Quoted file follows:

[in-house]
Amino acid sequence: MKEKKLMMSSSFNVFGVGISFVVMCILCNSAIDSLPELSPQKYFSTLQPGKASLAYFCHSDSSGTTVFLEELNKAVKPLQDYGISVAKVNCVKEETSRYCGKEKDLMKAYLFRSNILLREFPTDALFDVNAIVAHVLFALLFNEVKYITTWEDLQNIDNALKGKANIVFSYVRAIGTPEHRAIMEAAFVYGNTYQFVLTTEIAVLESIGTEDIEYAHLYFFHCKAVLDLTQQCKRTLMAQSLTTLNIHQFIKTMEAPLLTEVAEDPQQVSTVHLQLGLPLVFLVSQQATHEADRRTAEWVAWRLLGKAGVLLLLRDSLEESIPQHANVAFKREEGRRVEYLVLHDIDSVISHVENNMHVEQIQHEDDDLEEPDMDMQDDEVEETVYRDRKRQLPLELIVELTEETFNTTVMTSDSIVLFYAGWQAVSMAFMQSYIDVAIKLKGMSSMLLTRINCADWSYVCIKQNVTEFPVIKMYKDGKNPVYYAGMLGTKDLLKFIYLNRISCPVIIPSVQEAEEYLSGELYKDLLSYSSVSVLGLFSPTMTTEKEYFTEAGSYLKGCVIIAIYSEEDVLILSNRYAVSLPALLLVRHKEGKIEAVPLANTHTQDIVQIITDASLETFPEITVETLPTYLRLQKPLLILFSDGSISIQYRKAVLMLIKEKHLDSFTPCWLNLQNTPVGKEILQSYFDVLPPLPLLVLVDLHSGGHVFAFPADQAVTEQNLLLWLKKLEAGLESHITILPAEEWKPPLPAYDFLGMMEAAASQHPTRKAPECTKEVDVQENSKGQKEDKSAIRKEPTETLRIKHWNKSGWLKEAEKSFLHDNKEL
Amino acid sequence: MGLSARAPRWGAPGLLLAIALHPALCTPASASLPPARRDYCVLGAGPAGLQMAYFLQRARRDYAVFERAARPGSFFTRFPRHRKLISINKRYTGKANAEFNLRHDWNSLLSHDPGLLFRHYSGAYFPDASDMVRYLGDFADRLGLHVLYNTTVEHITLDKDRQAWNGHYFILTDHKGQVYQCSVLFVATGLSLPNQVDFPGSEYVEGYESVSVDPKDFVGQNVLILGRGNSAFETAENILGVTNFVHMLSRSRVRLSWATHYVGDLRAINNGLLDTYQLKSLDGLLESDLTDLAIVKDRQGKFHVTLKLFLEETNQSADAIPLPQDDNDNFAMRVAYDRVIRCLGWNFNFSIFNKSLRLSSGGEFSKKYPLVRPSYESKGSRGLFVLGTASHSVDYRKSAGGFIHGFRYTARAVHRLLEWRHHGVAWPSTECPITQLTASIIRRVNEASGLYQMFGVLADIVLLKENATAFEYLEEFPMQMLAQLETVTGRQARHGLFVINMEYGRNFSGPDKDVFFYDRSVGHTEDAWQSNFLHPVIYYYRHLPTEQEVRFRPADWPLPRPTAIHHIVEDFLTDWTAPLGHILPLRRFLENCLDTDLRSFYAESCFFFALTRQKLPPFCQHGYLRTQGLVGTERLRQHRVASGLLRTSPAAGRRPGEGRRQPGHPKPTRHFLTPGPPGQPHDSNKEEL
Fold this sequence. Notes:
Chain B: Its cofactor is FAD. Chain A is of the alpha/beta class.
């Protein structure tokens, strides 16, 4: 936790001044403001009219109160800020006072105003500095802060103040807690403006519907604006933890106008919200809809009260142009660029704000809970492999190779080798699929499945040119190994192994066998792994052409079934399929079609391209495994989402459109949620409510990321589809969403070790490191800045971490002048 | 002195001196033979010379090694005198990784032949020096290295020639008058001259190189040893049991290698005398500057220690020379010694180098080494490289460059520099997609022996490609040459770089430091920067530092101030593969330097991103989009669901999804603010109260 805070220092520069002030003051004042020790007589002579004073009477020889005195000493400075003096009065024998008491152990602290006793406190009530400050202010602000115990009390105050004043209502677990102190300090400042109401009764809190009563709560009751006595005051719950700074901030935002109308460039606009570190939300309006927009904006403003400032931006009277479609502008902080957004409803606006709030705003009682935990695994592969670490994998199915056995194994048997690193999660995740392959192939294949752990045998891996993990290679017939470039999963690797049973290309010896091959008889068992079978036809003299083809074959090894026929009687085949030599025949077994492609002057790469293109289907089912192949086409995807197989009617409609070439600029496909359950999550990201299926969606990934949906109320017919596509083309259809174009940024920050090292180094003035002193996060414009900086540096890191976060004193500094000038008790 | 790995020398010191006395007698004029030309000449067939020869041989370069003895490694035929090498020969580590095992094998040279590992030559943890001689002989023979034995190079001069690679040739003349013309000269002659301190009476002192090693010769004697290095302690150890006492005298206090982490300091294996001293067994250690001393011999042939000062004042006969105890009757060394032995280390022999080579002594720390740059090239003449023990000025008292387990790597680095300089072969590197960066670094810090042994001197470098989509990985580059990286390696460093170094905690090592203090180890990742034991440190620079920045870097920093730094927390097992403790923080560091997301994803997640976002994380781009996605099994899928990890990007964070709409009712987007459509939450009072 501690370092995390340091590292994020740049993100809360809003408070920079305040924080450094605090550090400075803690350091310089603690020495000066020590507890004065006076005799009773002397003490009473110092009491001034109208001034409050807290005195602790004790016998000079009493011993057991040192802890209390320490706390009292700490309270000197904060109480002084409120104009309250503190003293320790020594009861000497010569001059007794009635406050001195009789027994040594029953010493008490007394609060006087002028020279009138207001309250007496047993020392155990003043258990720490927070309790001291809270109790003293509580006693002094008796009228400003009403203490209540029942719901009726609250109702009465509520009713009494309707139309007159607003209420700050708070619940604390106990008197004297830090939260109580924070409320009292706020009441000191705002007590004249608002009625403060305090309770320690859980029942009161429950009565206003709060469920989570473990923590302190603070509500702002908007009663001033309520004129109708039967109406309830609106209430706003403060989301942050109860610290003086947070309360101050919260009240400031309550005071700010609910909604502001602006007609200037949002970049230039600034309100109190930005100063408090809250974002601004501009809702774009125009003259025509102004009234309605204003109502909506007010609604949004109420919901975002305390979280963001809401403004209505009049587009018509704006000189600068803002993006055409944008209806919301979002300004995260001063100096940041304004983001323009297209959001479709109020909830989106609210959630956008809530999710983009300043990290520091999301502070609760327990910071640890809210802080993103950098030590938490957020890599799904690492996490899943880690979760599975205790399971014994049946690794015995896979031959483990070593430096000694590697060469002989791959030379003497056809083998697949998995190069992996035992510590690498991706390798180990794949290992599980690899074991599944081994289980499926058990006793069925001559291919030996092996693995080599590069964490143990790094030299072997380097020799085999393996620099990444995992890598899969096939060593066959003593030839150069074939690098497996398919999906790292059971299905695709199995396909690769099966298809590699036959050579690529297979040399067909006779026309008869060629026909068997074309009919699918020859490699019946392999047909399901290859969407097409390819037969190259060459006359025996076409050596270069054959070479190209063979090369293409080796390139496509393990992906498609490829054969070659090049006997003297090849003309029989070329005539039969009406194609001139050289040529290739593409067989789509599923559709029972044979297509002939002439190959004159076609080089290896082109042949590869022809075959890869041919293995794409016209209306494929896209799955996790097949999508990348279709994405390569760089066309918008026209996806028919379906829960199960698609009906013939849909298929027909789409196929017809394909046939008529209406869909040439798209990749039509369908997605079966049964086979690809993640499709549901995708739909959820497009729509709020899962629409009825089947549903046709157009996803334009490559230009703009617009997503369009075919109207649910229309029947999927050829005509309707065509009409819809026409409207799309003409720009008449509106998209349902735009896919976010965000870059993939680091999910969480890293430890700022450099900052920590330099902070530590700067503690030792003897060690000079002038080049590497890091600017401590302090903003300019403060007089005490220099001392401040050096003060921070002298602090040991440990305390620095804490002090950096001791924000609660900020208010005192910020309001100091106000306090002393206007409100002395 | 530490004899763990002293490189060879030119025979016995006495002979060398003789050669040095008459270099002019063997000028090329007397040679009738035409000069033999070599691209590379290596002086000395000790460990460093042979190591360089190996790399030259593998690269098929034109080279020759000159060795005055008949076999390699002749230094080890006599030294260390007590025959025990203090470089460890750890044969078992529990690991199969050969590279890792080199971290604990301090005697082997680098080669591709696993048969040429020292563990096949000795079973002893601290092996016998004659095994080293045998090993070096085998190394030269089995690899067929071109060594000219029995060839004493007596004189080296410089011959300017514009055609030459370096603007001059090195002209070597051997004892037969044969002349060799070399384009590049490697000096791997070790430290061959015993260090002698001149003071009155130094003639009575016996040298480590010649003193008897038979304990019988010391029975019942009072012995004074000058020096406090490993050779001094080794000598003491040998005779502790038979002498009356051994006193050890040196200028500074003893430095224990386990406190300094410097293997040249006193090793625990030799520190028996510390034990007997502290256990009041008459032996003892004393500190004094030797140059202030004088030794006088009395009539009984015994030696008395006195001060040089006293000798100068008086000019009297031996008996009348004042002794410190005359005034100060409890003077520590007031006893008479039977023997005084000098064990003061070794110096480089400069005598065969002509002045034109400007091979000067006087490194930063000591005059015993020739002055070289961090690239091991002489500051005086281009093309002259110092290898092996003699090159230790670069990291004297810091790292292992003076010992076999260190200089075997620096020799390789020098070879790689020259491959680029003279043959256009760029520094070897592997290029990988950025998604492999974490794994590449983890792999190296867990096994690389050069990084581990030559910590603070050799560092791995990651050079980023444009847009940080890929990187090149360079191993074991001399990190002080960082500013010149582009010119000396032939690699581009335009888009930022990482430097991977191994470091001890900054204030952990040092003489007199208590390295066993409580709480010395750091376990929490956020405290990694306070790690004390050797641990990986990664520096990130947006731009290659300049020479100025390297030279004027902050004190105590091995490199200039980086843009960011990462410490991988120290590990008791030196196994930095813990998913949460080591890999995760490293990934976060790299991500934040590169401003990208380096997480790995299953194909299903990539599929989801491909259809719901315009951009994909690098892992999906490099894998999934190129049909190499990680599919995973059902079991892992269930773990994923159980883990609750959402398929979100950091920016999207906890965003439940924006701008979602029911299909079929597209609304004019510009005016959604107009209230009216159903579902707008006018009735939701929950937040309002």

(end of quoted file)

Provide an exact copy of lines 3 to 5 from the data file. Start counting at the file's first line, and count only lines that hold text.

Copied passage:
Amino acid sequence: MGLSARAPRWGAPGLLLAIALHPALCTPASASLPPARRDYCVLGAGPAGLQMAYFLQRARRDYAVFERAARPGSFFTRFPRHRKLISINKRYTGKANAEFNLRHDWNSLLSHDPGLLFRHYSGAYFPDASDMVRYLGDFADRLGLHVLYNTTVEHITLDKDRQAWNGHYFILTDHKGQVYQCSVLFVATGLSLPNQVDFPGSEYVEGYESVSVDPKDFVGQNVLILGRGNSAFETAENILGVTNFVHMLSRSRVRLSWATHYVGDLRAINNGLLDTYQLKSLDGLLESDLTDLAIVKDRQGKFHVTLKLFLEETNQSADAIPLPQDDNDNFAMRVAYDRVIRCLGWNFNFSIFNKSLRLSSGGEFSKKYPLVRPSYESKGSRGLFVLGTASHSVDYRKSAGGFIHGFRYTARAVHRLLEWRHHGVAWPSTECPITQLTASIIRRVNEASGLYQMFGVLADIVLLKENATAFEYLEEFPMQMLAQLETVTGRQARHGLFVINMEYGRNFSGPDKDVFFYDRSVGHTEDAWQSNFLHPVIYYYRHLPTEQEVRFRPADWPLPRPTAIHHIVEDFLTDWTAPLGHILPLRRFLENCLDTDLRSFYAESCFFFALTRQKLPPFCQHGYLRTQGLVGTERLRQHRVASGLLRTSPAAGRRPGEGRRQPGHPKPTRHFLTPGPPGQPHDSNKEEL
Fold this sequence. Notes:
Chain B: Its cofactor is FAD. Chain A is of the alpha/beta class.